The following infographic and article come to us from our friends at North County Health Services (NCHS) who provide health services to residents of North County San Diego and Riverside County in California. I thought this would be a perfect way to kick off Diabetes Awareness Month.
Diabetes affects the body’s ability to use or produce insulin properly, leading to unregulated blood sugar levels that may result in severe sickness, medical complications, or death. Type 1 diabetes is more common in children, while type 2 diabetes is more common in adults. However, both stem from a lack of effective insulin (either because it isn’t produced or it simply isn’t used properly) and result in sugar buildup in the blood.
Diabetes affects nearly 10% of Americans. Approximately 1.5 million Americans are diagnosed with diabetes each year. It is the 7th leading cause of death in the US and is also commonly considered an underlying or contributing cause of death (Source: diabetes.org).
Some risk factors of diabetes are unavoidable, such as having a family history of diabetes and growing older. But living a sedentary lifestyle, being overweight, and having unhealthy eating habits are all risk factors that individuals can control. Oftentimes, making changes in your activity level, weight, and food consumption can significantly reduce your risk of acquiring diabetes.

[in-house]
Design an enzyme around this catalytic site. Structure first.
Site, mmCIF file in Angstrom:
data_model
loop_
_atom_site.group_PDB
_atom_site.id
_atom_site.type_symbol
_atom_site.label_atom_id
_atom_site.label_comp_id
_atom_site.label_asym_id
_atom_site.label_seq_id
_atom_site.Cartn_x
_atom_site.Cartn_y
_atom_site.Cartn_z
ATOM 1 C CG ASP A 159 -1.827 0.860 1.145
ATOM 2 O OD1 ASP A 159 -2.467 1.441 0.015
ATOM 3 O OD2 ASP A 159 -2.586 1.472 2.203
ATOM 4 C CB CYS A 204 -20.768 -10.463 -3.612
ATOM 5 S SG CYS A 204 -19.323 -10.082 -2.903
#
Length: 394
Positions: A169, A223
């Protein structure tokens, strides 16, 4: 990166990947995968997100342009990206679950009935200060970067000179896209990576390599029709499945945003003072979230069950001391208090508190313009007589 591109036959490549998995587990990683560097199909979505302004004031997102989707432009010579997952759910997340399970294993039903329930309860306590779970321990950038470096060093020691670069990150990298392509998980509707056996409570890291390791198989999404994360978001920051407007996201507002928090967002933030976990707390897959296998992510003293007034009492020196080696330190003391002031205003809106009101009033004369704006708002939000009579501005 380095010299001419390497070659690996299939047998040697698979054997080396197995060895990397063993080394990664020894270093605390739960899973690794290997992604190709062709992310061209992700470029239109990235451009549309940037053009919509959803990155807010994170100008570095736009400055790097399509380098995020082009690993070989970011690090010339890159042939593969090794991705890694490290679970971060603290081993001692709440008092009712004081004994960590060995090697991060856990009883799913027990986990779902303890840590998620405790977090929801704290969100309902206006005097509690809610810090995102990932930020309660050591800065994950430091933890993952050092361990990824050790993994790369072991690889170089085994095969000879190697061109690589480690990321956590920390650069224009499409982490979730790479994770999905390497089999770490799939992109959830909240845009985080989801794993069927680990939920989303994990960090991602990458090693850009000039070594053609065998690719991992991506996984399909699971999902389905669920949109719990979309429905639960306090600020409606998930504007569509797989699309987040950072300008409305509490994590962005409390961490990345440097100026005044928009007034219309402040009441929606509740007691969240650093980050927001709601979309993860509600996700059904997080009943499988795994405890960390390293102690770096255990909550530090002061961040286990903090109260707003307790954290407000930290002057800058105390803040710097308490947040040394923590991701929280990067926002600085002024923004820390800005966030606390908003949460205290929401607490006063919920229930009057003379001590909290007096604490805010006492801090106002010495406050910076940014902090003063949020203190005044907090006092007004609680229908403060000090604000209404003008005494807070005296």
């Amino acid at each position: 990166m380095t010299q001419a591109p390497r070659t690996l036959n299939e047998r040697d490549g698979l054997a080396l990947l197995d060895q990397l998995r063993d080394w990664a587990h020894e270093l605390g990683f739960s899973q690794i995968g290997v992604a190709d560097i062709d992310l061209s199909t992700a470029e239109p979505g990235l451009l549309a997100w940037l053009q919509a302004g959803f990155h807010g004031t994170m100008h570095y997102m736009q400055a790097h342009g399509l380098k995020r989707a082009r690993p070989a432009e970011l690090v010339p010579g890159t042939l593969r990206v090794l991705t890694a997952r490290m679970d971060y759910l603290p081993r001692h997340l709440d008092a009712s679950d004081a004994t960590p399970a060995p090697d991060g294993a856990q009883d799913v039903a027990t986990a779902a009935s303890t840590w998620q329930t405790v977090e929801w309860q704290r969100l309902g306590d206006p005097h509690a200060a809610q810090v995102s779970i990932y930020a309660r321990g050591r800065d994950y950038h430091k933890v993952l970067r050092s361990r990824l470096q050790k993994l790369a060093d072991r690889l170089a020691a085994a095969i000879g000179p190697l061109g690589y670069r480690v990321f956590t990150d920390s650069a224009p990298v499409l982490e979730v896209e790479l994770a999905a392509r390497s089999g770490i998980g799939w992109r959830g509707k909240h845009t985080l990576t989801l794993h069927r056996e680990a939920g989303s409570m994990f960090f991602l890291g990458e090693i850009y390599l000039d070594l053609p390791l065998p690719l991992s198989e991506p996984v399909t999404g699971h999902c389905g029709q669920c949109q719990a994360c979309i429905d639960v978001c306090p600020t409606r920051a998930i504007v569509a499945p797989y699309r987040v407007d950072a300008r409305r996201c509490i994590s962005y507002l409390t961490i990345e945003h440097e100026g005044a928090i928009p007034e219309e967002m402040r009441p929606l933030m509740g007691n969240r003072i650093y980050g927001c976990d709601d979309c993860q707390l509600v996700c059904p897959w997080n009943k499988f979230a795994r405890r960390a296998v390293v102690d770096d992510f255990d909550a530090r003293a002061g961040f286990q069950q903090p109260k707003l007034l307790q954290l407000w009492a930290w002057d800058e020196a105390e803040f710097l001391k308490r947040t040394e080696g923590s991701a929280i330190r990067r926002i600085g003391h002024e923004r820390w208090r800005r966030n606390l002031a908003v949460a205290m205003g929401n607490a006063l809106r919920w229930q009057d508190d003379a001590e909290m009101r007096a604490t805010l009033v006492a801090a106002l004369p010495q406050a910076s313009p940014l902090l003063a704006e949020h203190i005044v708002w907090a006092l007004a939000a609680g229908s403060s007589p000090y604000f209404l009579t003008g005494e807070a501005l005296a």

How Diabetes Affects the Body
As with any disease, diabetes affects everyone differently. Some people may find it easy to manage and control their blood sugar levels. Others will struggle to maintain a healthy lifestyle and will have to live with the debilitating effects of the disease. Anxiety, strokes, heart attacks, nerve damage, erectile dysfunction, eye disease and/or blindness, kidney disease, and lower limb amputation are some common complications that those with diabetes may face.
Management and Prevention
The key to diabetes management is blood sugar awareness. You can maintain a healthy blood sugar level by monitoring your blood sugar closely and by adhering to a healthy diet.
- Increase the amount of vegetables, fruits, lean meats (fish, chicken, turkey), beans and peas you eat.
- Decrease the amount of saturated fats, cholesterol, salt, trans fat, and sugar you consume.
- Look for food high in fiber.
- Commit to an exercise program that keeps you active for at least 30 minutes each day.